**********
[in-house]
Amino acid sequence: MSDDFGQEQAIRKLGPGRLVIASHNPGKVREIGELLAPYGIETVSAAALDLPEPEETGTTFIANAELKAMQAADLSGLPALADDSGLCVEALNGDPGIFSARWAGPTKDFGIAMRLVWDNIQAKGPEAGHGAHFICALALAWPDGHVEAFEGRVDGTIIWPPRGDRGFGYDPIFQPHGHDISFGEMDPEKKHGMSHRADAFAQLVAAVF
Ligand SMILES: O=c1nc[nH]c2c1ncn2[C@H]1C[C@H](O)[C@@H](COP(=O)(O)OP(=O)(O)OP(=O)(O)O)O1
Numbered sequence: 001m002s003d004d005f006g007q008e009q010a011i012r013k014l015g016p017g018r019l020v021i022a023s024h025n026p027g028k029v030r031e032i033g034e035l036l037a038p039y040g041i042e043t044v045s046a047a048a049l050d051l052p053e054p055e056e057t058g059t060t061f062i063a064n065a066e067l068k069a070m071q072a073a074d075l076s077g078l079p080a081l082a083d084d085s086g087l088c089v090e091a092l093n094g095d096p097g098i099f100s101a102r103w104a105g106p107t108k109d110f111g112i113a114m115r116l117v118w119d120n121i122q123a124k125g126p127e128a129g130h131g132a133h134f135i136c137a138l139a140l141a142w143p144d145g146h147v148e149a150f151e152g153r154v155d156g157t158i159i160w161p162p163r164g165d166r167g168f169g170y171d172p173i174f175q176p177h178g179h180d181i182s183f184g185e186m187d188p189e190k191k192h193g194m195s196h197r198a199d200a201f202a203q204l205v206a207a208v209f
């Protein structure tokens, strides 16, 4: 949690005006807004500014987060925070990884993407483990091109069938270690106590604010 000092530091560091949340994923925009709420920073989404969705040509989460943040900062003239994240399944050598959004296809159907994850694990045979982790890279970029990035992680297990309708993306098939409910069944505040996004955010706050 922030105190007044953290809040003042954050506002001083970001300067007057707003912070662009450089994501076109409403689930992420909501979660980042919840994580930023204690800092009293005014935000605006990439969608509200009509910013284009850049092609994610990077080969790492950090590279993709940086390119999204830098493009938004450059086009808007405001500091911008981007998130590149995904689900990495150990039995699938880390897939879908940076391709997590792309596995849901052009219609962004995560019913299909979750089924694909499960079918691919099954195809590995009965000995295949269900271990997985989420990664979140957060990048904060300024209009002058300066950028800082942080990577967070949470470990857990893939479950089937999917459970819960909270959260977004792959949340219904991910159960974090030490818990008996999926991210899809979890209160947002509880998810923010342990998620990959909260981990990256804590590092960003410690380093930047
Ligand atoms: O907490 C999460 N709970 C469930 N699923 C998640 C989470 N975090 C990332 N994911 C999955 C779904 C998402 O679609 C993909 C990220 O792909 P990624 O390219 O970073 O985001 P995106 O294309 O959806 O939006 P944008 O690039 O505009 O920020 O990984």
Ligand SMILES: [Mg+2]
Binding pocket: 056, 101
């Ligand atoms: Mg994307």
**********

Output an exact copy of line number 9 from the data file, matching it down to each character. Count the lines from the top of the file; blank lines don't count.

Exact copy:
């Ligand atoms: Mg994307």